Role of Wnt Signaling in Bone Remodeling and Repair
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- Issack, P.S., Helfet, D.L. & Lane, J.M. HSS Jrnl (2008) 4: 66. doi:10.1007/s11420-007-9072-1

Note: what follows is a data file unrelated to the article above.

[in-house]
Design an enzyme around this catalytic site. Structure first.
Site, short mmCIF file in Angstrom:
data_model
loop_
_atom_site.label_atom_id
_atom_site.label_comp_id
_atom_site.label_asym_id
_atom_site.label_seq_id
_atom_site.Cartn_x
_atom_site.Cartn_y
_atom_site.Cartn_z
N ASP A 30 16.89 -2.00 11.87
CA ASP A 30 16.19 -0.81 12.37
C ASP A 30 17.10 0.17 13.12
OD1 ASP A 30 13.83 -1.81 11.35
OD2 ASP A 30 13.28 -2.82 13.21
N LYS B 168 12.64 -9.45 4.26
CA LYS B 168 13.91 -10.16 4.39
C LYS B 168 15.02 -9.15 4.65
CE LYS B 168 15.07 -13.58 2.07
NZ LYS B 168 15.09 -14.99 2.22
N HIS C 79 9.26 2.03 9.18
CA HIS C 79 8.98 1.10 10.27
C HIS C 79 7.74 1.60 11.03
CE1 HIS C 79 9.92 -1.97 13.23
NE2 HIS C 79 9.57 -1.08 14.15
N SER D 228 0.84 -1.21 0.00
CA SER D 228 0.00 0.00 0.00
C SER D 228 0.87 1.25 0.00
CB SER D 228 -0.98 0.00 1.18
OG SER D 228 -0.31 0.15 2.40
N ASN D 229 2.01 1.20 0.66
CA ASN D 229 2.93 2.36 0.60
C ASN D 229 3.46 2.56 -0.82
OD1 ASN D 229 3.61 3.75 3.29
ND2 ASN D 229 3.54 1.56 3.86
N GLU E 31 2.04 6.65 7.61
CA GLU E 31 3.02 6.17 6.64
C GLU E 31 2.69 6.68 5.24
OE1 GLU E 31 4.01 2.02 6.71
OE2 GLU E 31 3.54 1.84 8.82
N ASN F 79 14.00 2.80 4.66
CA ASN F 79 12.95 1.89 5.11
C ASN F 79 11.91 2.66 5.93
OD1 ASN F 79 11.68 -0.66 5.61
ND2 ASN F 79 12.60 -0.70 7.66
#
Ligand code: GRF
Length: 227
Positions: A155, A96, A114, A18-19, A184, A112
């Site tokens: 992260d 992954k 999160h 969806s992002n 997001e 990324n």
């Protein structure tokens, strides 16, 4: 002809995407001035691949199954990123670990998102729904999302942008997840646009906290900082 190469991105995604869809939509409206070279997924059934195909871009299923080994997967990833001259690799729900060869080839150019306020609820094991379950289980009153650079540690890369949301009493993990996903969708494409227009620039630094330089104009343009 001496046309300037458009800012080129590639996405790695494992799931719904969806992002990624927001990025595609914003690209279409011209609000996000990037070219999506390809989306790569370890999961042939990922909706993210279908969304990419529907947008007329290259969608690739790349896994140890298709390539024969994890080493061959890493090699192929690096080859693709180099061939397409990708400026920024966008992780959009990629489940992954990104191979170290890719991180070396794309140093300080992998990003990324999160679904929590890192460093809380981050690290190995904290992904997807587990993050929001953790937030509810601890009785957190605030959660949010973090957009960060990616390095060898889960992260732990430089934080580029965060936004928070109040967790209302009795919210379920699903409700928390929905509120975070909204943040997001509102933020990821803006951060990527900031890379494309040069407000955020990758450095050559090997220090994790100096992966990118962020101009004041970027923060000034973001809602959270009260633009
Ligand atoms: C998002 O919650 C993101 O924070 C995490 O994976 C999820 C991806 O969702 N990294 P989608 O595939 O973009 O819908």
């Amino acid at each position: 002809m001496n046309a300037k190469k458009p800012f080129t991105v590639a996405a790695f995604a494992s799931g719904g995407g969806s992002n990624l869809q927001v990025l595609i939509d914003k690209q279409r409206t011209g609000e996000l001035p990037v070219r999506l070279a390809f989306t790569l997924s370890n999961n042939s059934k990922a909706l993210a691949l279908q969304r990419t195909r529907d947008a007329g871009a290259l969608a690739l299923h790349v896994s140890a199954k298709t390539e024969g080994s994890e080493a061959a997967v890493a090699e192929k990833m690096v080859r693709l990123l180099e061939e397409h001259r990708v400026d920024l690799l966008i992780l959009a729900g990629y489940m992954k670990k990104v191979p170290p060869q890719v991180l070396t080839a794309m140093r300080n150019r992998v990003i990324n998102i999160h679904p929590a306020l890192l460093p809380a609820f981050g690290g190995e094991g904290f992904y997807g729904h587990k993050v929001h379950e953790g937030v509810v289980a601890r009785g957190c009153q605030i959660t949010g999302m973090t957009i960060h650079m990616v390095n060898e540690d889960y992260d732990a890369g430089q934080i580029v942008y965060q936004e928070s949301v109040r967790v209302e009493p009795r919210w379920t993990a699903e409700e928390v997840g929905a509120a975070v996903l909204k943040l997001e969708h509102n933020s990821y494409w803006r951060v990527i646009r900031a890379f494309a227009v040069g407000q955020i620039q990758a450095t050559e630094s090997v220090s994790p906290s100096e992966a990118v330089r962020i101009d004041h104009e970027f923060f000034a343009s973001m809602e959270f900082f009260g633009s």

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The Wnt genes encode a highly conserved class of signaling factors required for the development of several types of tissues including musculoskeletal and neural structures. There is increasing evidence that Wnt signaling is critical for bone mass accrual, bone remodeling, and fracture repair. Wnt proteins bind to cell-surface receptors and activate signaling pathways which control nuclear gene expression; this Wnt-regulated gene expression controls cell growth and differentiation. Many of the components of the Wnt pathway have recently been characterized, and specific loss-of-function or gain-of-function mutations in this pathway in mice and in humans have resulted in disorders of deficient or excess bone formation, respectively. Pharmacologically targeting components of the Wnt signaling pathway will allow for the manipulation of bone formation and remodeling and will have several orthopedic applications including enhancing bone formation in nonunion and osteoporosis and restricting pathologic bone formation in osteogenic tumors and heterotopic ossification.